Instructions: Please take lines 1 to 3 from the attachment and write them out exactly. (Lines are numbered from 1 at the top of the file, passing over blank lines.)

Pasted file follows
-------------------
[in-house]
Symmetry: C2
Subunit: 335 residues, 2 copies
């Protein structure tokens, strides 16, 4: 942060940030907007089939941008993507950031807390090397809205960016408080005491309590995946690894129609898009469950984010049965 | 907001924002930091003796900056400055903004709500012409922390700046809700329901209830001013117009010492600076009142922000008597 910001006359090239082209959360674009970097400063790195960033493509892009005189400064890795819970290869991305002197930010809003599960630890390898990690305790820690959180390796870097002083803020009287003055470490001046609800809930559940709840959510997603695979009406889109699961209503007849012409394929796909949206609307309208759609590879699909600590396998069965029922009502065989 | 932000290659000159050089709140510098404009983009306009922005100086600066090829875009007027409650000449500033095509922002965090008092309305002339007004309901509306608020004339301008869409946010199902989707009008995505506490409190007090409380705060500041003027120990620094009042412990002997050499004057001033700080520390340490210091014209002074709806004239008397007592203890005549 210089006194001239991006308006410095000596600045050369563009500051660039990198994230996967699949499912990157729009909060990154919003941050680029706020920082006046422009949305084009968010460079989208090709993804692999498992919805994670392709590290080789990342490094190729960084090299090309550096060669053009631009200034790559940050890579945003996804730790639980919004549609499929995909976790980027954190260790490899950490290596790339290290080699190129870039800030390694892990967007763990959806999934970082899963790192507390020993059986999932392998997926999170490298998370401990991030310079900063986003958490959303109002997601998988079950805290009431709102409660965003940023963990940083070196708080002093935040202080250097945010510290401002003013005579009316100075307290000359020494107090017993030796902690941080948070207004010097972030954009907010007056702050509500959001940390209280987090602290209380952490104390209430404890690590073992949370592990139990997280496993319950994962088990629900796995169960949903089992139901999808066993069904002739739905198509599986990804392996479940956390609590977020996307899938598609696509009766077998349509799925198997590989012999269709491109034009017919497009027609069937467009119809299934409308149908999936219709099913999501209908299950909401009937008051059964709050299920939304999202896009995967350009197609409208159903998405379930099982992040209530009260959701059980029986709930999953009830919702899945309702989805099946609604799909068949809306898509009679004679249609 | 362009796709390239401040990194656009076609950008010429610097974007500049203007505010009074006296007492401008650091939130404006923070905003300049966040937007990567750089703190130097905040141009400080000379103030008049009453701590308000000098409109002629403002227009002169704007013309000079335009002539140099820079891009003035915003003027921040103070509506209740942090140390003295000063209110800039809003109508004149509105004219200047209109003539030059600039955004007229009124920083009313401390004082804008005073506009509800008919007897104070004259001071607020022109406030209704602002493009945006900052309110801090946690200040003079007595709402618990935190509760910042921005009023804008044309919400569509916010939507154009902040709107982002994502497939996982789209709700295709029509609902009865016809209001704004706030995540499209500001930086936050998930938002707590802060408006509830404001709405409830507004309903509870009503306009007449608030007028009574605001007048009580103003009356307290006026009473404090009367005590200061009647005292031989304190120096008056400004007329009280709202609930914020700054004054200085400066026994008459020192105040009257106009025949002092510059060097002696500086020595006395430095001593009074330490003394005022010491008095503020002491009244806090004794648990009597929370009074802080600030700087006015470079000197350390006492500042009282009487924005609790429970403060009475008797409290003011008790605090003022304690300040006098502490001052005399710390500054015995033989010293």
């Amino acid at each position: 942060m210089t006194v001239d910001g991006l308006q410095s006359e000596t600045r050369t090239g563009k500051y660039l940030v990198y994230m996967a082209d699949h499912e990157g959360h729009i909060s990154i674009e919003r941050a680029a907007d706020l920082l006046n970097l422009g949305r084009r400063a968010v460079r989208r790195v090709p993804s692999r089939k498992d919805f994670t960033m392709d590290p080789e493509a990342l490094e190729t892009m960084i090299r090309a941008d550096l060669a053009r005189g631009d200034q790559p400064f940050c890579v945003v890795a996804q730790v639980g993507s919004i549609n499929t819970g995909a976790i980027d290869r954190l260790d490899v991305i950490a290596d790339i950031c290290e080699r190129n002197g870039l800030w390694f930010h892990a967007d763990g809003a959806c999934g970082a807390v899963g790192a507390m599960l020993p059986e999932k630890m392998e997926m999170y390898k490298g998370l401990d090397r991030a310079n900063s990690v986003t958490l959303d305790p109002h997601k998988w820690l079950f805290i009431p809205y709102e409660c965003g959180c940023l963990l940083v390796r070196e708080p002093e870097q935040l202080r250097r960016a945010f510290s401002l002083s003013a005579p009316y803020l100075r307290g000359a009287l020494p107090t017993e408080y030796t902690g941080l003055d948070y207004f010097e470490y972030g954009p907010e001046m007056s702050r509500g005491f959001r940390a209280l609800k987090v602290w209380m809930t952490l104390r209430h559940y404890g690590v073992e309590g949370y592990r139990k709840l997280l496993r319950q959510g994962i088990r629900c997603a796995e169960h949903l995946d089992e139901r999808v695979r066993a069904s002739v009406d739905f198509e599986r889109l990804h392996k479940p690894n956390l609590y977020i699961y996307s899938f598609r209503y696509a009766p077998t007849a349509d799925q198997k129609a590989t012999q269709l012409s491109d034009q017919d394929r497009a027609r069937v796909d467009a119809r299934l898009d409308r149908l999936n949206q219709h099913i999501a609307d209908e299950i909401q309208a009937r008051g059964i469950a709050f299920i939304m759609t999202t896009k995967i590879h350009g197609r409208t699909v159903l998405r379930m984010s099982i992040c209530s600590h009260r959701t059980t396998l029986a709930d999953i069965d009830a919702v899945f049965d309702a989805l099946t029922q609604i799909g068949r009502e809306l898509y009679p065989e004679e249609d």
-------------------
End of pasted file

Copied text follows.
[in-house]
Symmetry: C2
Subunit: 335 residues, 2 copies